For The Forum papers, Paul John Scott writes, “State health officials conceded on Monday, Sept. 21, that a visit by President Donald Trump to Bemidji on Friday, Sept. 18, ignored state requirements to limit attendance to outdoor events to 250 persons, guidance that Gov. Tim Walz had outlined in a public letter early last week. Estimates placed the actual number in Bemidji to see Trump at 2,000, and there appeared to have been no formal social distancing.”

At WCCO-TV, David Schuman writes, “Minneapolis City Council member Steve Fletcher spoke to WCCO Monday about the city’s recent increase in violence. The Ward 3 representative says it’s a false narrative that the council’s desire to replace the Minneapolis Police Department is related to the crime surge and MPD’s response. Fletcher says the only defunding of the department has been a 5% budget cut that was mostly due to COVID-19. ‘The patrol numbers are just as strong as they were last year’, Fletcher said. ‘The number of 911 calls has not changed, but we are seeing changes in response that really aren’t explainable by budget cuts.’ Since Memorial Day, violent crime in Minneapolis is up 25% compared to the same period last year. The number of service calls responded to in that timeframe is down 38% from 2019.”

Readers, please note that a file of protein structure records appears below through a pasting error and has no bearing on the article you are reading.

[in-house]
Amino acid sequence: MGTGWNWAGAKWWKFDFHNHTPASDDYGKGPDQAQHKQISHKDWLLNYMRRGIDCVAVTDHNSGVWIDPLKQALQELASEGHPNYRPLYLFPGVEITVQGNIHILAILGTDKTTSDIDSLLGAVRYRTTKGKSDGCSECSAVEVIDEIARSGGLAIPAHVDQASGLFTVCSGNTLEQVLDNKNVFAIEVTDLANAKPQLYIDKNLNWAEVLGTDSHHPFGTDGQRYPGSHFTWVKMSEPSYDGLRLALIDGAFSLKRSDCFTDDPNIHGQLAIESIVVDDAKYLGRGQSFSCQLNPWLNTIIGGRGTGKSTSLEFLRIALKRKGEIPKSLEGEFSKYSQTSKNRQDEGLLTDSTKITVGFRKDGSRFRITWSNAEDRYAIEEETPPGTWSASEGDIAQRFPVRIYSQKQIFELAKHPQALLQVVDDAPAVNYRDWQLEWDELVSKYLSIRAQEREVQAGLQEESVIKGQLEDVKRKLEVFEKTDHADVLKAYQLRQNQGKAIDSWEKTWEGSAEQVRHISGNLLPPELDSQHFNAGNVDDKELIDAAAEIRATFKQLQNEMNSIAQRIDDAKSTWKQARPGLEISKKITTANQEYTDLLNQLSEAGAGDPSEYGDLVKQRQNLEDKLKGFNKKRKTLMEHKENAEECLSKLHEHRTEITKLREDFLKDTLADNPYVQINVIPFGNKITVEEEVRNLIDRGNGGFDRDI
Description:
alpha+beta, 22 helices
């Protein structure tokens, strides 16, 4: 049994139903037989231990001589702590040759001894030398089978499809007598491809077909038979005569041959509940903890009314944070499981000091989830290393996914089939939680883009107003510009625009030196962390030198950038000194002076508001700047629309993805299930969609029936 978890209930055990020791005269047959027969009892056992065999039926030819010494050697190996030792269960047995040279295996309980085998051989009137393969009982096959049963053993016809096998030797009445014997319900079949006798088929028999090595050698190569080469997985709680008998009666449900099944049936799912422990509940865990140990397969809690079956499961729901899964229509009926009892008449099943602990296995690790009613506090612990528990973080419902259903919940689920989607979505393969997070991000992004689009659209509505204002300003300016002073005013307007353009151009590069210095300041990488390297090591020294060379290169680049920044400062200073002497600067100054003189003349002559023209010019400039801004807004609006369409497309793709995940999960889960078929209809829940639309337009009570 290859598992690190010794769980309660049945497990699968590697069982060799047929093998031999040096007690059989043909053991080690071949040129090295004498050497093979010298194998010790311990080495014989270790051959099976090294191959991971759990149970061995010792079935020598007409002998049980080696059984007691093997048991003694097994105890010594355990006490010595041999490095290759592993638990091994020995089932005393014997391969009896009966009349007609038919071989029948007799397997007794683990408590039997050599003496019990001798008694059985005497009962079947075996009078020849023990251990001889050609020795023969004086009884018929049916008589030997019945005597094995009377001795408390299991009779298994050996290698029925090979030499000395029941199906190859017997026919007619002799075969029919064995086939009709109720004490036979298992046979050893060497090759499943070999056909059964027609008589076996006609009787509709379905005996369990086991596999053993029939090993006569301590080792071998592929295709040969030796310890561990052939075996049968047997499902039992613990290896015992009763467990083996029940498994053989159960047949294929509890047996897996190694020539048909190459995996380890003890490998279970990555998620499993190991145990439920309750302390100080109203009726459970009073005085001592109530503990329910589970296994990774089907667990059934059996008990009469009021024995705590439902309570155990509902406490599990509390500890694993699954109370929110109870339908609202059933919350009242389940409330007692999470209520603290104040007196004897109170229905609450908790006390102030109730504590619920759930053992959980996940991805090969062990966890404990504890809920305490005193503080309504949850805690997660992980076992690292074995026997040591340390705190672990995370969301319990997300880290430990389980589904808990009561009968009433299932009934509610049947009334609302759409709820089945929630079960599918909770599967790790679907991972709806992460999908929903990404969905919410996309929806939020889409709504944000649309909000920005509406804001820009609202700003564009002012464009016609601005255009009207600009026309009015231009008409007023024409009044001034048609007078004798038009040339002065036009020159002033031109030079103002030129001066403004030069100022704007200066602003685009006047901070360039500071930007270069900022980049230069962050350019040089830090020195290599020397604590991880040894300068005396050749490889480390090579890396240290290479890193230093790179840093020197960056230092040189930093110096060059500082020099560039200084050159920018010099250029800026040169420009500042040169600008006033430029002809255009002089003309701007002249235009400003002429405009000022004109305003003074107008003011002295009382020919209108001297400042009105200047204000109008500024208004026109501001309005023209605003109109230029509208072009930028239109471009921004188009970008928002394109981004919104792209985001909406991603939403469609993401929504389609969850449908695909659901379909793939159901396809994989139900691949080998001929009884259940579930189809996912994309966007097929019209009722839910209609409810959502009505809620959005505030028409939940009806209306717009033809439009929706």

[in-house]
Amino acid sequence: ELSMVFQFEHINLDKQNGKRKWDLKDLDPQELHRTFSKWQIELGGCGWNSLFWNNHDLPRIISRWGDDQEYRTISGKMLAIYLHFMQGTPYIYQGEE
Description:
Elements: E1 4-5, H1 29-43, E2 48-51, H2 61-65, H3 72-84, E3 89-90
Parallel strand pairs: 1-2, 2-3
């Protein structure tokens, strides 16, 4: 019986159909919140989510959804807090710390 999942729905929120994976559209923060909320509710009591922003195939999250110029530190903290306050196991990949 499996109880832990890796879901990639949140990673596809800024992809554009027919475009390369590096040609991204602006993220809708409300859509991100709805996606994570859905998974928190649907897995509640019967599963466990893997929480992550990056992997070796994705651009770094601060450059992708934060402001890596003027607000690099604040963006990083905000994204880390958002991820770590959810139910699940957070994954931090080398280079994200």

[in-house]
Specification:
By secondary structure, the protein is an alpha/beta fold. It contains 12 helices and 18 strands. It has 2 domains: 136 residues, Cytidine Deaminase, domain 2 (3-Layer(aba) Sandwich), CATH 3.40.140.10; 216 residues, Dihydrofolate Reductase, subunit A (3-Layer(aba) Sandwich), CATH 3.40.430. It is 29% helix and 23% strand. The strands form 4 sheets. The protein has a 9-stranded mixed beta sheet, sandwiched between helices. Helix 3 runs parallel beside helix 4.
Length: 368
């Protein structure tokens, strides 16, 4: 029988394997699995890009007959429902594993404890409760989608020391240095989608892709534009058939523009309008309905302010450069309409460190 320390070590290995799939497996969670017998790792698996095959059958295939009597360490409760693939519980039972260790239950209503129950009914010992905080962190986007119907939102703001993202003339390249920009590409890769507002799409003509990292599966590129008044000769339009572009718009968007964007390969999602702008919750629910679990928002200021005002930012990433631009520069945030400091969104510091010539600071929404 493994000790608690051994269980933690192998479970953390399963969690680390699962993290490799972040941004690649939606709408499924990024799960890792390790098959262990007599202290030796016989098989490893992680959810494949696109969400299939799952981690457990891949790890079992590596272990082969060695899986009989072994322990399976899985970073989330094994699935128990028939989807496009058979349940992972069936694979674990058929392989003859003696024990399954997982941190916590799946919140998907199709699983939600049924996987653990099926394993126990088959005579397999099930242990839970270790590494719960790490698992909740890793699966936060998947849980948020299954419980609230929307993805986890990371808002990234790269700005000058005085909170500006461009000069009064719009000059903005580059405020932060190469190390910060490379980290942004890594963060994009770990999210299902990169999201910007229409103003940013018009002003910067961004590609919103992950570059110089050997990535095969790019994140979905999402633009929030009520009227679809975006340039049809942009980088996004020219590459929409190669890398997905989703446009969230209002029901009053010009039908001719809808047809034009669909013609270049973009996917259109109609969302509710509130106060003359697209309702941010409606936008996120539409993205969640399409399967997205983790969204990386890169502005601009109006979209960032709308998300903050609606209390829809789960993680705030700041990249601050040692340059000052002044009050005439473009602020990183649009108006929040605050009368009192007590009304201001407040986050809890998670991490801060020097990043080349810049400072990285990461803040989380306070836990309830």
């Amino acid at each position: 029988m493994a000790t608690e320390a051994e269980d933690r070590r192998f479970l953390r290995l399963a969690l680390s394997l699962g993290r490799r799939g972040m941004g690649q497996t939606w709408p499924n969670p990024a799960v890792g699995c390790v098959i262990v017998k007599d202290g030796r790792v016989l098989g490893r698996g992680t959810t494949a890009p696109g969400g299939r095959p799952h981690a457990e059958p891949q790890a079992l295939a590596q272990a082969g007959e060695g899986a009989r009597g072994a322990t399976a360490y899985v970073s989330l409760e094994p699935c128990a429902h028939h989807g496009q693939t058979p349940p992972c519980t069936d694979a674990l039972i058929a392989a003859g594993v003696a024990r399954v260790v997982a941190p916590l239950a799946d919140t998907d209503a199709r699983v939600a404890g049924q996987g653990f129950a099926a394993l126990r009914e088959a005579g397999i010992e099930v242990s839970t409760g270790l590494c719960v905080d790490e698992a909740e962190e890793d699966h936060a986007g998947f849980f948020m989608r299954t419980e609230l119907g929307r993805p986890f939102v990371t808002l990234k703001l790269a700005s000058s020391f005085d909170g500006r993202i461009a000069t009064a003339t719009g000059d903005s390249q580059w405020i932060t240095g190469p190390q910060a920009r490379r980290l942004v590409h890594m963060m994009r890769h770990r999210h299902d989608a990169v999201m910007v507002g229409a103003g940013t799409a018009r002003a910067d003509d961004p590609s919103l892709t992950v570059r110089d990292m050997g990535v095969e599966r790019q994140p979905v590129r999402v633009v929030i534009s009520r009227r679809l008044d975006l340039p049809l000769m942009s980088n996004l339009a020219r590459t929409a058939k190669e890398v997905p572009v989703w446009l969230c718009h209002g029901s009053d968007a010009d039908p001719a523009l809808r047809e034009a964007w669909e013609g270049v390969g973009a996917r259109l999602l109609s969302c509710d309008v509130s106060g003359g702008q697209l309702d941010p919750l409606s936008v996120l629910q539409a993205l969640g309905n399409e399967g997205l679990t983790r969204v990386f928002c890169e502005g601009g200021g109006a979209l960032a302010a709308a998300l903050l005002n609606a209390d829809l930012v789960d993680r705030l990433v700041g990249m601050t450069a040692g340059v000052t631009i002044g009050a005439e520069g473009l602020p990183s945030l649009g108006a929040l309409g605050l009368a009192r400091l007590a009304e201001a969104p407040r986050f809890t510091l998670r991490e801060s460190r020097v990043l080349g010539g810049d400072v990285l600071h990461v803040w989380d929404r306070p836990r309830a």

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At MPR, Nina Moini says, “Minneapolis city leaders hope six-figure grants to some businesses will help them with the costs of cleaning up from the civil unrest following the killing of George Floyd. City staff identified 16 properties apparently in need of the aid, most of them along Lake Street. Business owners are expected to learn this week if the city will help cover demolition payment gaps in excess of $100,000 each. … Minneapolis Mayor Jacob Frey on Monday announced an additional $7 million for clearing rubble and business development, with a portion of the pool specifically for business owners without the money to clear properties.”